Relieving tight muscles and trigger points can make a big difference in reducing joint stress and improving your overall quality of life. That’s why you should consider active release technique (ART). It can help turn on muscles that have been turned off due to injury and eliminate muscular pain.
What Is Active Release Technique (ART)?
ART was first patented by P. Michael Leahy, a certified chiropractic sports physician who created his signature method to treat patients dealing with a wide array of chronic pains or injuries. ART is similar to deep tissue massage techniques and myofascial release (although it definitely has its differences) because it works by manipulating soft tissue, thereby reducing the stress placed on joints and nerves.
The conditions that ART is used to help treat naturally, often without the use of medications, are those that affect fascia (connective tissue), major muscle groups, tendons and ligaments. Most are the result of overused muscles, which contribute to scar tissue formation, tears, pulls, strains and inflammation. The goal of active release technique is to restore normal mobility and “glide” between muscular tissue and nerves. It can also help push joint fluid throughout the body and stimulate the lymphatic system, which helps lower inflammation.
Some of the problems most commonly relieved through ART treatments include:
- Lower back pain
- Shin splints
- Plantar fascittis
- Tension headaches
- Carpal tunnel syndrome
- Shoulder strains, including frozen shoulder
- Tennis elbow
- Sciatic nerve pain/sciatica
Benefits of Active Release Technique
1. Increases Flexibility
By relaxing muscles naturally and reducing tough adhesions around muscles and joints, studies have demonstrated that even a single ART treatment session can help increase flexibility. This includes increasing flexibility in the legs, specifically the hamstrings, which tend to be a very tight area for even healthy, active adults and susceptible to recurring injuries.
A 2006 study published in the Journal of Manipulative and Physiological Therapeutics found that a single ART treatment helped 20 physically active male participants with no current or previous injuries to improve their scores on a sit-and-reach flexibility test. Following the treatment, the men on average experienced improved flexibility in the lower legs, which could translate to better protection against future injuries and even improved athletic performance.
2. Improves Range of Motion Following Injuries
Research shows that ART treatments can help improve range of motion and mobility in those with musculoskeletal disorders or following injuries (acute trauma) and episodes of chronic pain. Adults have a whopping 70 percent chance of developing neck pain during their lives, and ART is now considered to be beneficial for treating chronic neck pain that can be caused by work-related injuries, sports or exercise.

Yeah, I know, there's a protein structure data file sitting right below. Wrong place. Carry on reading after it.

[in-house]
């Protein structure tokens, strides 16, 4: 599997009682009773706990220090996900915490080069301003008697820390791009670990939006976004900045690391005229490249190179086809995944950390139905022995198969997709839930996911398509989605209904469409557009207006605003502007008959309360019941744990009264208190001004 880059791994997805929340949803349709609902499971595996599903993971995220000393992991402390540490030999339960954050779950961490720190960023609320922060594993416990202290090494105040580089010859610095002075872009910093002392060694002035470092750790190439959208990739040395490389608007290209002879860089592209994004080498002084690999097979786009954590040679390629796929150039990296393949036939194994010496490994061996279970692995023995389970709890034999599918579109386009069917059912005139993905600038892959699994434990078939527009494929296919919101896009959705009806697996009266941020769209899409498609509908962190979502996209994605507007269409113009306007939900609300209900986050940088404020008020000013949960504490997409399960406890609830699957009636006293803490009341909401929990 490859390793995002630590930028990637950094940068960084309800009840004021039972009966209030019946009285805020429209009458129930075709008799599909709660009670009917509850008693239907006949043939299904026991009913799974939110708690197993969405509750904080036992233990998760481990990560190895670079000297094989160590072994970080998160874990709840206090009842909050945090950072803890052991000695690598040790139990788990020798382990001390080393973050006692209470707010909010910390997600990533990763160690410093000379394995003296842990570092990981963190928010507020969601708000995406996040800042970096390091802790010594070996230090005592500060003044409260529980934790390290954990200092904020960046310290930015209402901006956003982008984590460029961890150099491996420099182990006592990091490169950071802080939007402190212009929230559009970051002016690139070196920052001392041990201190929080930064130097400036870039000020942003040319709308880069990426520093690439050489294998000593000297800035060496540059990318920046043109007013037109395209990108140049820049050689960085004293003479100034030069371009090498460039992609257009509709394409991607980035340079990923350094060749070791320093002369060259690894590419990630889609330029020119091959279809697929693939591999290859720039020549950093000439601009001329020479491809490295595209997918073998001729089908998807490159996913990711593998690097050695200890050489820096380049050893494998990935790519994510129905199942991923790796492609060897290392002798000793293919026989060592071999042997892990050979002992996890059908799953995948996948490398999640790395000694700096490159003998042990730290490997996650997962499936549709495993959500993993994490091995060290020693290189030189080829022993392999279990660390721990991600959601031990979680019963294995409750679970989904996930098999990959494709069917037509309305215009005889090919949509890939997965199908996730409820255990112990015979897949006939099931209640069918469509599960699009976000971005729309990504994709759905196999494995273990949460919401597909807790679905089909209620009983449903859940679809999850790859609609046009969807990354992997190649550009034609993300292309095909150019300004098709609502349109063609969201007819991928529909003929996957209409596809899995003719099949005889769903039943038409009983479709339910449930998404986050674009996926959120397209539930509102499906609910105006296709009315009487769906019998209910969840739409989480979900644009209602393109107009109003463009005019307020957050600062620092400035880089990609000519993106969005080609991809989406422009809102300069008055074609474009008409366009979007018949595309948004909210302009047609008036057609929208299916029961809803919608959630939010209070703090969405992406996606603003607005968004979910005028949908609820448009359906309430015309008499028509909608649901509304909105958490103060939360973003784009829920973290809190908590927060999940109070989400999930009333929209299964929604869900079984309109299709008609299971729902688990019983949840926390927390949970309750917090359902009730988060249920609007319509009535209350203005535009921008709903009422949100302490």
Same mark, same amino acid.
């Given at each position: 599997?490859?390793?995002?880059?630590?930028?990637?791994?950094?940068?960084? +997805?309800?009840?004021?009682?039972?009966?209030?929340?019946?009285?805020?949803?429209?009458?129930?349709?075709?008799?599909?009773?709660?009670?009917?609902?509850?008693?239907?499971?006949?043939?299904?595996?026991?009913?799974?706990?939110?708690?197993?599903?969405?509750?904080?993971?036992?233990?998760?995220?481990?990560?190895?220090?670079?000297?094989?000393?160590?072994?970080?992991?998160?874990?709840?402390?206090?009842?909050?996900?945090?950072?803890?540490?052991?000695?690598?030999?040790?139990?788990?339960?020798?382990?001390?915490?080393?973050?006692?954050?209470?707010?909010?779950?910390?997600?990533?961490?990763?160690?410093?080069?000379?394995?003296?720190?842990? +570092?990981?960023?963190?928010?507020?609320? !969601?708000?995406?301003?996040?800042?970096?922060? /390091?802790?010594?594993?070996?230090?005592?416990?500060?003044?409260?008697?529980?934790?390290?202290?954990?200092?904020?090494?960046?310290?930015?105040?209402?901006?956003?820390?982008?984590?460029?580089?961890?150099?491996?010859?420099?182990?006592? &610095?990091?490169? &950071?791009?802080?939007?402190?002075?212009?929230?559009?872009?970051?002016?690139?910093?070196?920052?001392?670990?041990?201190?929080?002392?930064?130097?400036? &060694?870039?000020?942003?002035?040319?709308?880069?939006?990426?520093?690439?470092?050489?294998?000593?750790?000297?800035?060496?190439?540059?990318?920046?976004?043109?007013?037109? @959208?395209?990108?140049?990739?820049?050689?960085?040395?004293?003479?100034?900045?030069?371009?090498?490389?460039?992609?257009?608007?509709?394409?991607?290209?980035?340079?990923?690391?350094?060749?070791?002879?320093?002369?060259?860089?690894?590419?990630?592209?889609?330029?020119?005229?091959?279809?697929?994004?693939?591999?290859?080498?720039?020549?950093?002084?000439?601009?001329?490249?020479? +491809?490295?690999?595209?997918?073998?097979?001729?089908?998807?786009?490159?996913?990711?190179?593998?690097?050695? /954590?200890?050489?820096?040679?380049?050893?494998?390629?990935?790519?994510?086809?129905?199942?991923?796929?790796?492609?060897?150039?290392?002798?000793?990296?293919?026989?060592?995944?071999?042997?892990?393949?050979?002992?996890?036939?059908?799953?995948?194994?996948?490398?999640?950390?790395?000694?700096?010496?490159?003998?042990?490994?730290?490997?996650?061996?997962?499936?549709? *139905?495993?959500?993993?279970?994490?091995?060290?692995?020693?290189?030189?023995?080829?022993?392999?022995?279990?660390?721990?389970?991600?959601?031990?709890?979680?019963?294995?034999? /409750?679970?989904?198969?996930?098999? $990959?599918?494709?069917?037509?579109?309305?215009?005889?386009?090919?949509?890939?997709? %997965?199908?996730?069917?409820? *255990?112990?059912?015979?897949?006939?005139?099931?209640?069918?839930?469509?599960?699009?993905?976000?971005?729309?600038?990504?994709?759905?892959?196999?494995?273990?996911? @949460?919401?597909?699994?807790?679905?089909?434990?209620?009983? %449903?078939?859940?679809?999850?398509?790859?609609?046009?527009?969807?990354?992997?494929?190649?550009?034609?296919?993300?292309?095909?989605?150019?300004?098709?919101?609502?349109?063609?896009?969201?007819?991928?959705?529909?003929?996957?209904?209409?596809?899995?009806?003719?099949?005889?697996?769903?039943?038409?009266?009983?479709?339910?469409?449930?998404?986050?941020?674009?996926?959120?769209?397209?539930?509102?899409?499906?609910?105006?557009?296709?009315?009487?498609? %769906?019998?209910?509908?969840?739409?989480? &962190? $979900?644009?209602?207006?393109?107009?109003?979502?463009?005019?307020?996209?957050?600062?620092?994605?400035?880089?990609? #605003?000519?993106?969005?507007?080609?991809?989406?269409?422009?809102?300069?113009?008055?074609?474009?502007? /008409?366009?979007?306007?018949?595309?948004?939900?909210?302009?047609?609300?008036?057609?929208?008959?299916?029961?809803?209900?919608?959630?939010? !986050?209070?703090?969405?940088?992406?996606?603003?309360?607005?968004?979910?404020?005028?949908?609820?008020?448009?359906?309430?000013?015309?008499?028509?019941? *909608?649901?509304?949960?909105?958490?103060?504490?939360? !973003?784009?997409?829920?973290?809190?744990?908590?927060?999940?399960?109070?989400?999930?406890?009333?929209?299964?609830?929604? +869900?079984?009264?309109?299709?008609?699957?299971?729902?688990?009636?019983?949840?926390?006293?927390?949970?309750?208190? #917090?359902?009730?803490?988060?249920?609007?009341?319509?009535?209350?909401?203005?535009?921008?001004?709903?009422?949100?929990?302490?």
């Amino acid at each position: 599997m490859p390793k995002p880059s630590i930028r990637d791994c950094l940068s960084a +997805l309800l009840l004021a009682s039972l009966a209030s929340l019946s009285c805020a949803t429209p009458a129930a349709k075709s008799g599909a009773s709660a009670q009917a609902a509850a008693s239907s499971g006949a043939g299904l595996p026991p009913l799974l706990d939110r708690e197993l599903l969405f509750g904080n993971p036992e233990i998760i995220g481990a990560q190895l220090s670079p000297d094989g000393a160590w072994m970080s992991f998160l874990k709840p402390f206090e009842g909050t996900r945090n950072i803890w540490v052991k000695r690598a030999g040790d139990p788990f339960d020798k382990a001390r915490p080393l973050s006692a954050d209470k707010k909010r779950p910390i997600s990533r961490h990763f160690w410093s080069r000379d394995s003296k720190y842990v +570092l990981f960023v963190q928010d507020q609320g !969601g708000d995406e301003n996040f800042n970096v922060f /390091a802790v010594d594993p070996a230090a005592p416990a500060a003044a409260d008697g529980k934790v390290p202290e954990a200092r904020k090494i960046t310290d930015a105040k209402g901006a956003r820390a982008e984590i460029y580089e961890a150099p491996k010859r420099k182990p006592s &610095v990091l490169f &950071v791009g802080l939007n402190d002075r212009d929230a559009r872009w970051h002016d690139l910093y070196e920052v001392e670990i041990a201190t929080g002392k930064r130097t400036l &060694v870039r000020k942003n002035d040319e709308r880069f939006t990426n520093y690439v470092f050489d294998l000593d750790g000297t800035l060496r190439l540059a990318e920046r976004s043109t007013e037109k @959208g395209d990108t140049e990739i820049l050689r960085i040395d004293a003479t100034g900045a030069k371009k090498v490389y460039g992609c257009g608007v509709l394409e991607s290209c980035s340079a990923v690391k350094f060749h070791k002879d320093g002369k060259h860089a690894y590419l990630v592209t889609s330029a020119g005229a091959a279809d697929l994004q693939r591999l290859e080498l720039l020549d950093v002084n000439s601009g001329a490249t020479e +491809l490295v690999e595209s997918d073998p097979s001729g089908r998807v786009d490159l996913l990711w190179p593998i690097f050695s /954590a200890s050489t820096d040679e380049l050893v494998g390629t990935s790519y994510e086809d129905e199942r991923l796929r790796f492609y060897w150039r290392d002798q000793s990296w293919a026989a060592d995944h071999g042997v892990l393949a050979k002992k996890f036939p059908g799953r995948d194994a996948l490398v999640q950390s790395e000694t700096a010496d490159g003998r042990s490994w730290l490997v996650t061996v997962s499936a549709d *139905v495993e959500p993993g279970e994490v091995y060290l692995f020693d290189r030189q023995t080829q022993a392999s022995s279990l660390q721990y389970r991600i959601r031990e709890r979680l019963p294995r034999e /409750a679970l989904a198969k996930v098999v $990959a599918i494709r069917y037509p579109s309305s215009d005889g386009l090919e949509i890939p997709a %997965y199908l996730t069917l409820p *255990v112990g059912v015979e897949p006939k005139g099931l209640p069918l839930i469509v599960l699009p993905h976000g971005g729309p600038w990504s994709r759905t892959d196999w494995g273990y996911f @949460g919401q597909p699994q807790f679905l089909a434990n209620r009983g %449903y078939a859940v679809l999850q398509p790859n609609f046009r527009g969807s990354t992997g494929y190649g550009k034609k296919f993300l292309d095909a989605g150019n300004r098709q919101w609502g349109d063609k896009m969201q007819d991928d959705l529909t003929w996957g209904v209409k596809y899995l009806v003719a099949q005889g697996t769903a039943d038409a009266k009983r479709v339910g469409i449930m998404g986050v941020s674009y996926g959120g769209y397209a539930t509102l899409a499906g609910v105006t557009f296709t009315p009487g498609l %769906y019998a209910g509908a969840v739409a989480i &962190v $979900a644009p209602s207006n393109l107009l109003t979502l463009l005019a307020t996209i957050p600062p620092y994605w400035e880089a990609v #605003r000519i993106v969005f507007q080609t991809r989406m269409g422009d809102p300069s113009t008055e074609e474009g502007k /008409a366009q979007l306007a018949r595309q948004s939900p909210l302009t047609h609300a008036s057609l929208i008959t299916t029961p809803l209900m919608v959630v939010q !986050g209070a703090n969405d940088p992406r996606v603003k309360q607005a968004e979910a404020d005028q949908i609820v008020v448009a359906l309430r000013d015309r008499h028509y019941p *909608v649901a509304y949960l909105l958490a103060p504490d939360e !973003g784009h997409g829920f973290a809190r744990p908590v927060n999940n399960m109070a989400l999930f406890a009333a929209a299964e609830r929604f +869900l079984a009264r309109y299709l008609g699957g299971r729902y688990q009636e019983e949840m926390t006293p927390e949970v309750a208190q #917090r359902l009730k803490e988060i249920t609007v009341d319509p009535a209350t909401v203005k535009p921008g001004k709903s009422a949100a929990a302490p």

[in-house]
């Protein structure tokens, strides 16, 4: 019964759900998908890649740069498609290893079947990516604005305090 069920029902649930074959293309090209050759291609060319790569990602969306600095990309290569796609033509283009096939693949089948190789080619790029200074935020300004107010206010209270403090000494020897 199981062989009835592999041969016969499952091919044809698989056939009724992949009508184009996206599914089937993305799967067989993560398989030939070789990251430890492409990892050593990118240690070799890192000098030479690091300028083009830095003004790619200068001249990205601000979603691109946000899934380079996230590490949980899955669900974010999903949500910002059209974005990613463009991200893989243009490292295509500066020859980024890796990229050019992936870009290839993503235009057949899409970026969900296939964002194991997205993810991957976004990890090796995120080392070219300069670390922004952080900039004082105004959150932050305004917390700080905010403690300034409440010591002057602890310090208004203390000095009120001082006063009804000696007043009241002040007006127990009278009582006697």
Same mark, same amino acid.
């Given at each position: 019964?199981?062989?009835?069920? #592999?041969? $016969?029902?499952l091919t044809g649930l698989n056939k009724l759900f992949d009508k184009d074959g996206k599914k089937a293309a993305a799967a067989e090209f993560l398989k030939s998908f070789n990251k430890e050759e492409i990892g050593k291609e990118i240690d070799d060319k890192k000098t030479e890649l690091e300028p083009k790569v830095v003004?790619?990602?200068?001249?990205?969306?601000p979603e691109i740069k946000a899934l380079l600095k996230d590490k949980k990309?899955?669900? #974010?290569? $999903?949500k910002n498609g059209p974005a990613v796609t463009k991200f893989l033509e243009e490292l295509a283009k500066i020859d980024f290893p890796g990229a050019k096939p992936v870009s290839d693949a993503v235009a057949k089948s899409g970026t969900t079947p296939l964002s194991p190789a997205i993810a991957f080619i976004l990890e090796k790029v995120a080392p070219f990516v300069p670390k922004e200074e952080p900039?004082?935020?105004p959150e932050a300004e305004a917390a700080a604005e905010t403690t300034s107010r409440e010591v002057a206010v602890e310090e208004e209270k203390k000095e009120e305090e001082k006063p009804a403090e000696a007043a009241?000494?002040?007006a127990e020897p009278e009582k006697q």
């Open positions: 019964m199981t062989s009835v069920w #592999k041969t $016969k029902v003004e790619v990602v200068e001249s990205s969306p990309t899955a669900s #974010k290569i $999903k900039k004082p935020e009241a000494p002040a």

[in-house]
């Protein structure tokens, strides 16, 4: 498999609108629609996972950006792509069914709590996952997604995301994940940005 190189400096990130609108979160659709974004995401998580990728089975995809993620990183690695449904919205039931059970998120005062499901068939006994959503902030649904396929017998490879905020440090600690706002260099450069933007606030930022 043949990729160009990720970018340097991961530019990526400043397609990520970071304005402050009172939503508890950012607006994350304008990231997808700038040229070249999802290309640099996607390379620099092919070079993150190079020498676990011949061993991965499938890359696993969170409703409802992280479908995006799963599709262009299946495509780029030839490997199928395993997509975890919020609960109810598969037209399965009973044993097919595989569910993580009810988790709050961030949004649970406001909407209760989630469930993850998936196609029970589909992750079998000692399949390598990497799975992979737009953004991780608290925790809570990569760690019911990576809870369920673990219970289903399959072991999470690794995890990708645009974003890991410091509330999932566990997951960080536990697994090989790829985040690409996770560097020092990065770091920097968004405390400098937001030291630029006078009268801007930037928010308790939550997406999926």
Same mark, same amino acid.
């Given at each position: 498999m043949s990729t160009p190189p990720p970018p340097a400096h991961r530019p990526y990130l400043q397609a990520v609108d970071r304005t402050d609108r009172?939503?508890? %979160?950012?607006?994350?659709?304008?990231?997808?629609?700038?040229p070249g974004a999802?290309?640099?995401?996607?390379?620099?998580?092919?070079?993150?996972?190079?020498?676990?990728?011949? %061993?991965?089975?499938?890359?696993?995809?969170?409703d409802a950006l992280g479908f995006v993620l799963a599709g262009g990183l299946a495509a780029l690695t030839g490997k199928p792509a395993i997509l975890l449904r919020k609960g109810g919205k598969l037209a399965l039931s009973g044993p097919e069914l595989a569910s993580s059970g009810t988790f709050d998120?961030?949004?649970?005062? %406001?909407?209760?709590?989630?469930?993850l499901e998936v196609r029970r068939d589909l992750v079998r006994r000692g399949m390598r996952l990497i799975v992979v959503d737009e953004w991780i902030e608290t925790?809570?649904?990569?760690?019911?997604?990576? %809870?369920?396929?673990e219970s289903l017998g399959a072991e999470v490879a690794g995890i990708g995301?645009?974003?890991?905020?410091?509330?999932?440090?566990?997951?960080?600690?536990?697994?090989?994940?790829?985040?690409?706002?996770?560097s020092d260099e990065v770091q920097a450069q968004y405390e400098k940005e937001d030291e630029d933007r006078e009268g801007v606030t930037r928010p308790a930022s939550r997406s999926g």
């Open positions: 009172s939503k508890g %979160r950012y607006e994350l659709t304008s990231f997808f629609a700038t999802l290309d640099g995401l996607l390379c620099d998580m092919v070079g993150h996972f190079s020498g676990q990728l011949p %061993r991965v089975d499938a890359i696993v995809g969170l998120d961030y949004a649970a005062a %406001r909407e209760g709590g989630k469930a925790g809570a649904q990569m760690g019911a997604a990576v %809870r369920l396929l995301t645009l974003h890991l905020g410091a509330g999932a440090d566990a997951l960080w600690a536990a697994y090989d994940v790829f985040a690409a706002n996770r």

One study published in the Journal of Physical Therapy Science compared the influence of active release technique to joint mobilization (JM) in patients with chronic neck pain. Visual abilities, pain scores, pressure pain threshold and neck range of motion were measured in the study’s 24 participants before and after treatments. Patients were assigned to one of three groups: an ART group, a JM group and a control group.
Following treatments, both the ART group and JM group demonstrated significant changes in visual abilities and neck range of motion compared to the control group. The ART group was found to produce greater improvements overall in several of the markers compared to both the JM and control groups.
3. Reduces Chronic Lower Back Pain
One 2013 study conducted by the Korean Academy of Physical Therapy Rehabilitation Science found that ART helps lower symptoms of lower back pain, considered to be one of the leading sources of dysfunction among adults. Lower back pain has commonly been found to be triggered by abnormal activation and adhesions within the upper legs (specifically the gluteus medius), but ART can help break up scar tissue and release compressed nerves.
Twelve patients with chronic low back pain participated in this study and received ART treatments two times a week for three weeks, resulting in significantly lower pain intensity and pressure, according to a pain visual analogue scale.
4. Treats Carpal Tunnel Syndrome
Findings from a small 2006 clinical pilot study published in the Journal of Chiropractic Medicine suggest that active release technique can be an effective treatment strategy for patients with carpal tunnel syndrome, which results in limited hand mobility and often swelling or pain due to nerve compression. Patients first completed a questionnaire and examination to assess their symptoms, then received active release technique treatments using a protocol intended to affect the median nerve of the hands three times a week for two weeks. Following treatment, patients reported significant improvements in symptom severity and showed increases in functional status scores compared to the start of the study.
5. Helps Prevent Running Injuries and Improve Performance
There’s no evidence that ART treatments can help promote faster muscle recovery and improve running or athletic performance. According to Competitor.com, ART is considered “one of the fastest roads to recovery” by serious athletes. It does this by helping restore normal muscle and connective tissue function, keeping the body flexible, and reducing fibrous tissue accumulation, which can go unnoticed in training athletes.
It’s possible for runners, athletes who perform triathlons and those who are training for professional competitions to miss signs of adhesions before it’s too late. This can cause tightening and shortening of muscles that wind up taking an athlete off the field due to limited mobility and strength loss.